Castle Dome mine museum
This is going to be a very image heavy post, fair warning ahead of time. As I mentioned yesterday, I took about 250 photos and I managed to whittle that down to 24. This was just such a great place to visit. So lets get started.
Arizona is rich in mining history. Gold, silver, and copper have all been mined at various times, and in various locations around the state. The Castle Dome mine was a silver mine that started in 1864. It was a very rich mine with high silver content in the ore they pulled from the ground. The mine was active until the early 1970’s when silver prices plummeted.
The museum is on the ground of the original mine, and town of Castle Dome. It’s private property right in the middle of the KOFA wildlife preserve.
The owner saw that the old buildings from the mining days were being destroyed, and the government had no interest in preserving the history. I don’t know if he owned the land, or somehow purchase the land, but he brought original buildings from around the mining area into one spot to create the museum village. There are a total of 50 buildings to explore.It is amazing! We LOVE old stuff, so this was like a slice of heaven for us. All the buildings were painstakingly dismantled, brought to their new home and rebuilt. All the interiors are full of relics from days gone by.
As you wind your way through the buildings, you come across piles of what some people would simply call garbage. For me, this is treasure and it’s probably a good thing it was behind a fence. I love this old purple glass. Purple glass was actually clear when it was made in the late 1800’s, early 1900’s but the manganese they put in it reacts to prolonged sunlight and it turns purple.
Here is some purple glass on display in one of the buildings. I was so covetous of all this.
Even a purple glass door knob.
Ok, moving on. The town of Castle Dome had a schoolhouse, a church, several mercantile, and 5 bars in a one mile radius. This was a bar and hotel. Quite large, and very ornate inside. The volunteer guy that was wandering around answering questions offered to take our photo, how do you say no that opportunity.
Then there was this little bar with walls made from the ribs of saguaro cactus and sheet metal.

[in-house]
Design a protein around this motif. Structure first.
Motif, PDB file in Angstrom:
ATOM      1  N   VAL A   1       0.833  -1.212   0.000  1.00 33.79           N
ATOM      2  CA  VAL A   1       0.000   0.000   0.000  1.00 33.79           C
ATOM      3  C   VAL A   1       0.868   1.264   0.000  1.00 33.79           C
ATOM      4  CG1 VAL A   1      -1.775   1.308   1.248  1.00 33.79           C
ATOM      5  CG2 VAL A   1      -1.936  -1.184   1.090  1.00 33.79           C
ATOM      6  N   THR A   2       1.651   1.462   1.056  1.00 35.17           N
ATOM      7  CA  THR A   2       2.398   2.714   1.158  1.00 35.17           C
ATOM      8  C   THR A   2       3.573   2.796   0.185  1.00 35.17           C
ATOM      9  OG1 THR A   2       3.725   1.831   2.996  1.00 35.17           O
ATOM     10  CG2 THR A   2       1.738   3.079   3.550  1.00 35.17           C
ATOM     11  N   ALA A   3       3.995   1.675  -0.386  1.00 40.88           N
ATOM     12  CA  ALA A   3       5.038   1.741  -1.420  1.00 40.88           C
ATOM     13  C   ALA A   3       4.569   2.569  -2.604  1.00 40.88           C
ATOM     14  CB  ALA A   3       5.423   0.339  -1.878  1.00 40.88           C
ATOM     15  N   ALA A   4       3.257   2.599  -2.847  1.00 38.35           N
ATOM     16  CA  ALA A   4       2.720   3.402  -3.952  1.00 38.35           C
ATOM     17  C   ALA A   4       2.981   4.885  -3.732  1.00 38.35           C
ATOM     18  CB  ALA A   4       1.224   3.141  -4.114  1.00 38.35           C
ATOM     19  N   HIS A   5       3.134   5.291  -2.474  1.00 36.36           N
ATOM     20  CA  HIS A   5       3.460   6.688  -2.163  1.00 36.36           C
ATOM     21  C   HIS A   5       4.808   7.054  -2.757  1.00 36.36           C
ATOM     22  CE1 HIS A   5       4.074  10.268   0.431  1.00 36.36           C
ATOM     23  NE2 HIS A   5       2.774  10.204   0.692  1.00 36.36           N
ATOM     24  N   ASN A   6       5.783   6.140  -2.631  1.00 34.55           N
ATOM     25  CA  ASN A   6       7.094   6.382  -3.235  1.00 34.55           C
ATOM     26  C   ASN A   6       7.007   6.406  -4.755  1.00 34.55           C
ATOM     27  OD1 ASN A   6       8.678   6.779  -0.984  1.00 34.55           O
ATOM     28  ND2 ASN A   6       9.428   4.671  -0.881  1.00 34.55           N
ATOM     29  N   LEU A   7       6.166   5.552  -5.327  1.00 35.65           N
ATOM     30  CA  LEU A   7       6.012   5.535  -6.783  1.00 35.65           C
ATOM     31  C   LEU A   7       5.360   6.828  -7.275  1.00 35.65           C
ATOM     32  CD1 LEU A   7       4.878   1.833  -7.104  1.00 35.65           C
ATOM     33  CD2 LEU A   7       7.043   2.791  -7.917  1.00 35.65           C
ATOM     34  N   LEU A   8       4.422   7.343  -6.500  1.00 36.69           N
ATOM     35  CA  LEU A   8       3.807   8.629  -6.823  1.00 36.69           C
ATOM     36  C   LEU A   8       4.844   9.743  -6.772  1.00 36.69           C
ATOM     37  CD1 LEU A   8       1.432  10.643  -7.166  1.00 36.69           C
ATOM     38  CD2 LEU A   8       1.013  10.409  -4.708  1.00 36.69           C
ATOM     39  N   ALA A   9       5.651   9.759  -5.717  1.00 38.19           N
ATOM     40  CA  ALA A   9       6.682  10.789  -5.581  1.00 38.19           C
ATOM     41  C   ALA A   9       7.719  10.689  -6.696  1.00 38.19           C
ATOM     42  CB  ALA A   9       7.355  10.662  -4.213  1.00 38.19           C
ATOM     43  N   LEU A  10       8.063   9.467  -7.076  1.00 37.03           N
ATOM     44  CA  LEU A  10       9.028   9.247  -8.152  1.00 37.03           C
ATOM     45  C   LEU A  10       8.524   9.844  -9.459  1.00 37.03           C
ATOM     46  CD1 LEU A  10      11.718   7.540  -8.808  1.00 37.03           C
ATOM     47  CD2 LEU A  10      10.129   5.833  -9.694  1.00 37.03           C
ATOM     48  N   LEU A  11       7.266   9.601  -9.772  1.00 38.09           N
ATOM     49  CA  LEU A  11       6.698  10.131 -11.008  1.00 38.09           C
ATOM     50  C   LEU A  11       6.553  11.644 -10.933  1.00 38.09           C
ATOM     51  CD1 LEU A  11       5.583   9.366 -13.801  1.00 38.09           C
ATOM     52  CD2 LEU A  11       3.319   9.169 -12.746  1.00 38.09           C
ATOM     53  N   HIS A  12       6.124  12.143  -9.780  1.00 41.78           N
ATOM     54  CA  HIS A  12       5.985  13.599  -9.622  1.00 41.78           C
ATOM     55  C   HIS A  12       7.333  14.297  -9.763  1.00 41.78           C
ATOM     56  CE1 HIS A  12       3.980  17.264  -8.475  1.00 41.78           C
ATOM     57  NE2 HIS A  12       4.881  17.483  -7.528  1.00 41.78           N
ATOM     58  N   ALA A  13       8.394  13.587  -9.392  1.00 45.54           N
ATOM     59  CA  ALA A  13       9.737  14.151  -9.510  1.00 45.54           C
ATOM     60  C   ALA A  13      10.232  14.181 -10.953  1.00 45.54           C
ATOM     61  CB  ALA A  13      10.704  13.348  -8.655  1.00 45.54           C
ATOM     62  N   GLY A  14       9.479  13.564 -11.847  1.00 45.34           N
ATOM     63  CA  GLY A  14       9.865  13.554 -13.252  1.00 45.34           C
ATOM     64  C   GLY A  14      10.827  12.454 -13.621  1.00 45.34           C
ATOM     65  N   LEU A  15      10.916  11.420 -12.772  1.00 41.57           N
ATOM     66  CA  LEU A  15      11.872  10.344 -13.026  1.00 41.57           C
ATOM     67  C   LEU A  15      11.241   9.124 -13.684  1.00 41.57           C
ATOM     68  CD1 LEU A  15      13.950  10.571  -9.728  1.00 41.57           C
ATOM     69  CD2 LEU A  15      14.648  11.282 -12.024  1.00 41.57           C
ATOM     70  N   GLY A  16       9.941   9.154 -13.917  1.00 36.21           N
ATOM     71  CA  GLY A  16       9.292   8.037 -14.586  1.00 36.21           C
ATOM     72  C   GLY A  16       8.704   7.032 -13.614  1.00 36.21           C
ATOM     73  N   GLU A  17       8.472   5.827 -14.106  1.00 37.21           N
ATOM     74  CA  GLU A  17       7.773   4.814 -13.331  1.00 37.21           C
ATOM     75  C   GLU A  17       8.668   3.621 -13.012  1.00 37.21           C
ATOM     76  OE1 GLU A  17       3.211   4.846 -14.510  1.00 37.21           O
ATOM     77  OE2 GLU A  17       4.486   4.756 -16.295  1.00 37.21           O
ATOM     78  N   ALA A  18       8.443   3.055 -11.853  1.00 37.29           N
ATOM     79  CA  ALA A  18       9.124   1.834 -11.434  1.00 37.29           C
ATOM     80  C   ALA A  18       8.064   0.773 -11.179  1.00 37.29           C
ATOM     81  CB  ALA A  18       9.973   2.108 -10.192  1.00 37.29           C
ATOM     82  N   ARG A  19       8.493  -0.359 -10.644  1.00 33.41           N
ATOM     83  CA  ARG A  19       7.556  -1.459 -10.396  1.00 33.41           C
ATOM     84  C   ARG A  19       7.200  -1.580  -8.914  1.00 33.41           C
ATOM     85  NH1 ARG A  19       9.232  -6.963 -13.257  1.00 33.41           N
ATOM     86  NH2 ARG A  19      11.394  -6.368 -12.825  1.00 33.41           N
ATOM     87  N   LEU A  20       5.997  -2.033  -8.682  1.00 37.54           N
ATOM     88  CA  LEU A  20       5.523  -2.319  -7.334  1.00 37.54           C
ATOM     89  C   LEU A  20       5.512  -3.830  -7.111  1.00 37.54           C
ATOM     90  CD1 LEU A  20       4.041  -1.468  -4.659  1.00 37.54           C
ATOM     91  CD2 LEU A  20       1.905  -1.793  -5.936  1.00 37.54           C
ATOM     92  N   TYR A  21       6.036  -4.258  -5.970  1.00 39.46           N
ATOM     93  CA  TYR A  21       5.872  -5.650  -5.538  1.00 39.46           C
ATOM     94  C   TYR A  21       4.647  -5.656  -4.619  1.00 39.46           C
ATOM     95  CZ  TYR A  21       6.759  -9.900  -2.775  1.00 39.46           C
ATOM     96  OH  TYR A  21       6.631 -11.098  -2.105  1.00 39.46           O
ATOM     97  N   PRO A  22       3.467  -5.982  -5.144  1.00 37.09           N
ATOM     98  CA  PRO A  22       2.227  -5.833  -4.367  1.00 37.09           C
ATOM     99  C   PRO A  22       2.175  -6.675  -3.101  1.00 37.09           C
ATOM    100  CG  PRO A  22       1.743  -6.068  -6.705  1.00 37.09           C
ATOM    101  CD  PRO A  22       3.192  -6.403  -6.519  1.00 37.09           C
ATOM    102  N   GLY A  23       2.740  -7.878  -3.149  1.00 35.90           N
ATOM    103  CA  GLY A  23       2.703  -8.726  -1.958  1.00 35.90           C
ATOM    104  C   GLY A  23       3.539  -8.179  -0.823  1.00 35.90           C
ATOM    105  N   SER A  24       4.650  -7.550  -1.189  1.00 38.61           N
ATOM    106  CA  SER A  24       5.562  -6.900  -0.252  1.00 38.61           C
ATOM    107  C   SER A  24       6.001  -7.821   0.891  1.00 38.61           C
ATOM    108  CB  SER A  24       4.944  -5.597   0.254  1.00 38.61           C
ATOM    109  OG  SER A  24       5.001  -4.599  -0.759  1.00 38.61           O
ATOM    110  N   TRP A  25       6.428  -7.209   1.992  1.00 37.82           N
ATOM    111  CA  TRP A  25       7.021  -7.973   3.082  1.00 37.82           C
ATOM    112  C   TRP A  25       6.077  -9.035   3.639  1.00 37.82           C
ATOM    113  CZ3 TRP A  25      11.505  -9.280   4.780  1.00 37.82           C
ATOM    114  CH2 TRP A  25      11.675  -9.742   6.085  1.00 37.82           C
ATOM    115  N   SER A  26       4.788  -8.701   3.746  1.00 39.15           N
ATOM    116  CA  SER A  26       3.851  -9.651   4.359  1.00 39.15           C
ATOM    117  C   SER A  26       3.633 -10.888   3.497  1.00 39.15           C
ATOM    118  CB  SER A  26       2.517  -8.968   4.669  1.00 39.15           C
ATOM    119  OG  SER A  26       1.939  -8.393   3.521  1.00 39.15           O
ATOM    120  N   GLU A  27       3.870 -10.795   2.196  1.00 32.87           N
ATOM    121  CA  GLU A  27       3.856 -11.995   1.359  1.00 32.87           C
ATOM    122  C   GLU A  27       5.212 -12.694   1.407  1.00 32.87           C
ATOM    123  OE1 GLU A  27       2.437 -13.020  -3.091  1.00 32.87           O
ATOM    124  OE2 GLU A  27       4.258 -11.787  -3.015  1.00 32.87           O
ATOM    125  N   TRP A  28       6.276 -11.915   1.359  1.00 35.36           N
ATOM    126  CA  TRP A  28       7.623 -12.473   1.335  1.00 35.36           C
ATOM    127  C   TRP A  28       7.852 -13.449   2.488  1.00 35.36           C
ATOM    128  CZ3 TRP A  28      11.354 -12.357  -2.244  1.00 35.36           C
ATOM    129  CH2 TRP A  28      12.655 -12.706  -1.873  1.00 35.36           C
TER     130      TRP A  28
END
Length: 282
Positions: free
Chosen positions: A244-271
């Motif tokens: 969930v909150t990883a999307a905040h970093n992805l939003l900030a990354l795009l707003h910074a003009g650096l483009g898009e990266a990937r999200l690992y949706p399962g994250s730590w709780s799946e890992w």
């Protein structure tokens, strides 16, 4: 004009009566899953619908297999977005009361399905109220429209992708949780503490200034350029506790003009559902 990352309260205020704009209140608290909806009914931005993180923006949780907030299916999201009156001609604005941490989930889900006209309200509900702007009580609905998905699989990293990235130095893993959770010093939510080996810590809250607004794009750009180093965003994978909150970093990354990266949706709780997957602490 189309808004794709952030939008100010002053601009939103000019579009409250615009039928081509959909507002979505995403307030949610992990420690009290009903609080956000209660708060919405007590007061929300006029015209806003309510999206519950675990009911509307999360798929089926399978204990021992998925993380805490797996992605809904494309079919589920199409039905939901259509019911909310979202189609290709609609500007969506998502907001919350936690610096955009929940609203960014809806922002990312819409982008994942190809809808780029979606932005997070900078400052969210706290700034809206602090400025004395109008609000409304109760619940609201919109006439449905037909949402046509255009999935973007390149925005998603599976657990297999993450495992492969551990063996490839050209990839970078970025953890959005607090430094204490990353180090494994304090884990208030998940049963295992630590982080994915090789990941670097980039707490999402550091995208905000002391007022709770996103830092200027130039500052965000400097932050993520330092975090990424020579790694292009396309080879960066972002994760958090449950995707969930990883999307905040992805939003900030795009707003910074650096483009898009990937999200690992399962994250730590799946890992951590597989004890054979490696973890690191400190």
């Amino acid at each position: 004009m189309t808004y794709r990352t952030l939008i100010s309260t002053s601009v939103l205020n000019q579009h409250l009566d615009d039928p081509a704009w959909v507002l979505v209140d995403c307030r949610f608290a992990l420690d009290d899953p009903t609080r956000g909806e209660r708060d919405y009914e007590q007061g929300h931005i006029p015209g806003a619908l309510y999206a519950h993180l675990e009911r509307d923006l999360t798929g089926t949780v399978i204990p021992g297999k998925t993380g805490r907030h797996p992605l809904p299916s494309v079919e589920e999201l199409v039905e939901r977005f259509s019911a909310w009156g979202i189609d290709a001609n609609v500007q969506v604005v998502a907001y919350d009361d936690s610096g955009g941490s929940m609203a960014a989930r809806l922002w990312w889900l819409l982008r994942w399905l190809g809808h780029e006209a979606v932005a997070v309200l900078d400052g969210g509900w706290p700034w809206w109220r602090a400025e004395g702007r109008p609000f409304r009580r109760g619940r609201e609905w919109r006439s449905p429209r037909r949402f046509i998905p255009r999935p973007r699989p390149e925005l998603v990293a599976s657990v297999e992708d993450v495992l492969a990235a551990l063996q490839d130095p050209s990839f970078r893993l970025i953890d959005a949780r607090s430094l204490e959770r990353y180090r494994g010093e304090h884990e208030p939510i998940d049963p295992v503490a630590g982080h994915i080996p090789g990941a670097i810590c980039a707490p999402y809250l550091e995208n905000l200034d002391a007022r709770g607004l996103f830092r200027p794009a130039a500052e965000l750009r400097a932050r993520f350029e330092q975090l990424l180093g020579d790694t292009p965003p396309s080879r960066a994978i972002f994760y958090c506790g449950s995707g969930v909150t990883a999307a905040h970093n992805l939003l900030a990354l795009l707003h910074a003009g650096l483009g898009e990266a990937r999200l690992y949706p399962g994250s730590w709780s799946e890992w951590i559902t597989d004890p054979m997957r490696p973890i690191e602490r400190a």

And the cantina.
An old keg from an Arizona brewery.
There was a barber shop. Check out these shaving mugs, I had no idea they were so beautiful.
This was the largest mercantile and they sold about everything you could need.
Then there was the dress shop. No way in hell could I have worn the clothing these poor women had to endure. Especially in the heat and dust that is here.
And a mechanic shop. Obviously this is from a bit later.
The bank. Check out this fabulous tin ceiling. Love it.
This was just a great old phone in one of the buildings.
Tracks that the mine cars would have ran on.
Just a beautiful window on the outside of The Floral bar.
And this was an interesting story. This bath tub belonged to some local prostitutes. They would take it with them and go from mining town, to mining town. Sounds like a win win to me. They made money two ways, and the men were clean for them.
Castle Dome was about 45 minutes away from us, but worth it. We drove south on 95 from our spot on the KOFA, turned down a dirt road, Castle Dome road, drove through the Yuma proving grounds and on to the refuge again. If you are ever in this area, Go. They are open every day in the winter months, it’s $10 to get in, and no dogs allowed.
I’m so glad there are people who are interested in the rich history of this area enough to preserve it. This was not a cheap, nor easy undertaking, but it’s something for everyone to enjoy. The owners of the museum have done a wonderful job, and I am glad they decided to build it.
Links to learn more